Originally Posted by pathalogical
These differences in notation is consistent throughout the two versions. The recorded song is the same no matter who listens to it. I've noticed this in other printed material. So, who's right ? Who's wrong ?
Congratulations, you've just discovered what is perhaps the most difficult thing for a young musician to get their head around about standard musical notation:
Notes on a page aren't the music.
They're a recipe for making music.
You could have a recipe for pasta sauce that uses whole tomatoes, and another recipe for pasta sauce that uses diced tomatoes...both recipes would yield pasta sauce. Potentially both recipes could yield pasta sauce that tasted identical
The whole point of musical notation is to give a musician or group of musicians the information they need to perform the necessary gestures on their instrument(s) so that the resulting sound will be recognizeable as a particular specific identity. And in many musical instaces, there's (edit: as elgecko noted above) more than one way to skin a cat.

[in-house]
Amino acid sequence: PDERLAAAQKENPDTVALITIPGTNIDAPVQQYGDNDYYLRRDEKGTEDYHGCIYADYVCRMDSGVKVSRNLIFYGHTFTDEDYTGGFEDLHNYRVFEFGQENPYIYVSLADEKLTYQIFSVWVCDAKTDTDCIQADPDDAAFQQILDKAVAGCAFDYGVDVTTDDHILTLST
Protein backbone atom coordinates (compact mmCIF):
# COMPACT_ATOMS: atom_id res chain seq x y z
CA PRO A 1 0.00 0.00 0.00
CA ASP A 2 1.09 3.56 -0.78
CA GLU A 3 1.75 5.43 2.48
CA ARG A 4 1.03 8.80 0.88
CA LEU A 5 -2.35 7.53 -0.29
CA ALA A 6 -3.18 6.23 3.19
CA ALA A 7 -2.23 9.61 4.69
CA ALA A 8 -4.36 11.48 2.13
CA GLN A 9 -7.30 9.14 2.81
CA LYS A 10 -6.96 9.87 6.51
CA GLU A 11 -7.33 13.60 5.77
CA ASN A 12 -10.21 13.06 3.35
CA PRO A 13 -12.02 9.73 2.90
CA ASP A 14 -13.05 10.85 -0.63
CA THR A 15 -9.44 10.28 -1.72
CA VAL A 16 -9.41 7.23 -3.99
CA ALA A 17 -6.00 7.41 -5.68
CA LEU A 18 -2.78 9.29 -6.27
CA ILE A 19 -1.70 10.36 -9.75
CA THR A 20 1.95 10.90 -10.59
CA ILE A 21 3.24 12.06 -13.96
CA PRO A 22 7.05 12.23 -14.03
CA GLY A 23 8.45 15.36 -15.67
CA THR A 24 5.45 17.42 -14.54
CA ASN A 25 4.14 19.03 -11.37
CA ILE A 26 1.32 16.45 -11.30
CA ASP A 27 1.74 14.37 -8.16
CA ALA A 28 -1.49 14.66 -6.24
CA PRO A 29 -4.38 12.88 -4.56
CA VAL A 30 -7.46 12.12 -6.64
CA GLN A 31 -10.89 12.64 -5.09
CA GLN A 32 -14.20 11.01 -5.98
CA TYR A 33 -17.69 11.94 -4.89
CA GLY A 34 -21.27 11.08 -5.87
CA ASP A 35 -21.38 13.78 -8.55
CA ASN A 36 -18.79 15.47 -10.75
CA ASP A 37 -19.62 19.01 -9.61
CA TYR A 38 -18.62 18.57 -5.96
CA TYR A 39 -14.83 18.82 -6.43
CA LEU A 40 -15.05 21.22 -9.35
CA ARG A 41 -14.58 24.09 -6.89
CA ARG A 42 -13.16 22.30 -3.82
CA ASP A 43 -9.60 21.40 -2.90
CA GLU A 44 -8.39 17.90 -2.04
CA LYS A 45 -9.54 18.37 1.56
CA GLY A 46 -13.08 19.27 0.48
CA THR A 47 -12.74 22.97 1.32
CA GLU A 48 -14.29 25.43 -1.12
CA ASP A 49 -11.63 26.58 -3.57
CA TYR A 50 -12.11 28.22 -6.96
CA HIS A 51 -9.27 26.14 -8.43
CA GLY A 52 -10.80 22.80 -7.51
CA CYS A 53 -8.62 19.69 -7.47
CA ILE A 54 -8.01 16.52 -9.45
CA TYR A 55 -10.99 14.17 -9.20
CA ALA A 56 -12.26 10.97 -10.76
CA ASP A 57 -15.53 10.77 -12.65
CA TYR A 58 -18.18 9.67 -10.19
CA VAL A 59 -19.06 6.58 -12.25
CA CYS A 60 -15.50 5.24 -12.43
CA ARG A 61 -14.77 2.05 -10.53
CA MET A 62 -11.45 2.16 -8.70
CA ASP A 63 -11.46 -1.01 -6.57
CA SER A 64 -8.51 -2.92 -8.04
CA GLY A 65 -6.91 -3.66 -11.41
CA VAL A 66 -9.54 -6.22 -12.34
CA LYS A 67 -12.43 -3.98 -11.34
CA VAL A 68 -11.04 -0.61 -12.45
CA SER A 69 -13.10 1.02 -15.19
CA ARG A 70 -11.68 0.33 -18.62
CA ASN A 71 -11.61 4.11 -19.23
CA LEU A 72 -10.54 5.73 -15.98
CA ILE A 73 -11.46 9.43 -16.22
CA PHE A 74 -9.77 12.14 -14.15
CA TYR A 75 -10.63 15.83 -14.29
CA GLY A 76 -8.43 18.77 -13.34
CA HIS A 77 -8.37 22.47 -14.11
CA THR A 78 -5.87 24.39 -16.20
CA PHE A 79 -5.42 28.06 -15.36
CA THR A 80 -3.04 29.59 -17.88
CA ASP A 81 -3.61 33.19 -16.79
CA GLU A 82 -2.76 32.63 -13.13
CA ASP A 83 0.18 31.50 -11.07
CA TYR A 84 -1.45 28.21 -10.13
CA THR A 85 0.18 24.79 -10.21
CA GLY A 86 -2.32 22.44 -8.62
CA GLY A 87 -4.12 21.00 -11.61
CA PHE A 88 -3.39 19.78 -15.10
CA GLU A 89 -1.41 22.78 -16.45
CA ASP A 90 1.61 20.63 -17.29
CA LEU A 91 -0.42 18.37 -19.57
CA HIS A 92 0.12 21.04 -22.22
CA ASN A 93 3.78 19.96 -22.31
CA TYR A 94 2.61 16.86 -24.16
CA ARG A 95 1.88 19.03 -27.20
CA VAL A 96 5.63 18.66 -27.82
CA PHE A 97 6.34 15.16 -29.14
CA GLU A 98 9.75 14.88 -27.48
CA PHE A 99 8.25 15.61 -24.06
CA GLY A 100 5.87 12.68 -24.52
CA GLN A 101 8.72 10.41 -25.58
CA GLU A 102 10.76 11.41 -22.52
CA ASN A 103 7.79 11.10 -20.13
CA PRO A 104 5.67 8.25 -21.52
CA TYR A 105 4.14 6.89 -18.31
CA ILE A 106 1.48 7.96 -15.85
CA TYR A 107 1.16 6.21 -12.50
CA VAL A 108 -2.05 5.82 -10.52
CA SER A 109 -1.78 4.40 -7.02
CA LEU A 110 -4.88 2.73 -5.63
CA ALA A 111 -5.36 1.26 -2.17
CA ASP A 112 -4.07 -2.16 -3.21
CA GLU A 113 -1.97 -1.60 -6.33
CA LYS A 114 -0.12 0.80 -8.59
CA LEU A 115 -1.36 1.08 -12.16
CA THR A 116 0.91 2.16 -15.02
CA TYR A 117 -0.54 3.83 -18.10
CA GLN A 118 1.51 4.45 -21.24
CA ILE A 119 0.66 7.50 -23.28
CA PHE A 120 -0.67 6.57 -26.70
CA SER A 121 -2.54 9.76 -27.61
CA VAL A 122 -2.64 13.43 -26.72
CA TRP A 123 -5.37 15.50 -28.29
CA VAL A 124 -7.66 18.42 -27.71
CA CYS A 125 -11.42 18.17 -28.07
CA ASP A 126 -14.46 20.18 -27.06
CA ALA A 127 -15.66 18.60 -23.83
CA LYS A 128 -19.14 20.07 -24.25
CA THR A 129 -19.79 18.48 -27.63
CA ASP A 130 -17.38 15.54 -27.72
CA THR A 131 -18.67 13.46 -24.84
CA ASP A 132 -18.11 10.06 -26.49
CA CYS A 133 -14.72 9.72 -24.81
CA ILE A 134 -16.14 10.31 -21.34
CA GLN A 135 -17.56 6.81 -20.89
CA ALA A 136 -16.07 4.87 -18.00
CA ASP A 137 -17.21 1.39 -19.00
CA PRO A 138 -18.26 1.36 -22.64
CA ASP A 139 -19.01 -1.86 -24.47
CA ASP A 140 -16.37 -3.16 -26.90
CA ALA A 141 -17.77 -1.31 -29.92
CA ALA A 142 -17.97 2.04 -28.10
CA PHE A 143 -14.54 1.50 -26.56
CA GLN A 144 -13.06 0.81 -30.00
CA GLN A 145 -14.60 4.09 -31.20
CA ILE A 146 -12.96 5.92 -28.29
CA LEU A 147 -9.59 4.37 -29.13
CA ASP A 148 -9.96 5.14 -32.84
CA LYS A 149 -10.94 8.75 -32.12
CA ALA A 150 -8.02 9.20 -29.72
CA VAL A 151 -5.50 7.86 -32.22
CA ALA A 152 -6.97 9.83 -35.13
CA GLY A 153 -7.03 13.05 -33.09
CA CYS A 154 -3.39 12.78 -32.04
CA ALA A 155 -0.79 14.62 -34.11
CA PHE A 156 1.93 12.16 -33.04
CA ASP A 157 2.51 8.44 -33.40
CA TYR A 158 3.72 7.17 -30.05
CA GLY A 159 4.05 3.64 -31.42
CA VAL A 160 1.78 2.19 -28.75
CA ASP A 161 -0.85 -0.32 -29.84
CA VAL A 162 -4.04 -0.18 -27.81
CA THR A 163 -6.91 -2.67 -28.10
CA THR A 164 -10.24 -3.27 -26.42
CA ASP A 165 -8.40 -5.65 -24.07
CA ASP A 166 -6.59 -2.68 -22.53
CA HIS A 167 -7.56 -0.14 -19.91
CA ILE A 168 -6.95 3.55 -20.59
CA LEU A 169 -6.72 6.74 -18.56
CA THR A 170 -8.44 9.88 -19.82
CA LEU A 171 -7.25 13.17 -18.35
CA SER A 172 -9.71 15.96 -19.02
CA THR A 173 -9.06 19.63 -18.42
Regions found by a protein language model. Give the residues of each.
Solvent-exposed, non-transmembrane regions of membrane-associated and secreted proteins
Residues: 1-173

Now, there may be very legitimate reasons why a composer will choose a specific way to notate a particular passage, and if an alternate notation were suggested the performer could be missing critical insight into how best to express that passage. So in some instances there very definitely are "right" and "wrong" ways to notate a musical composition.
But not all.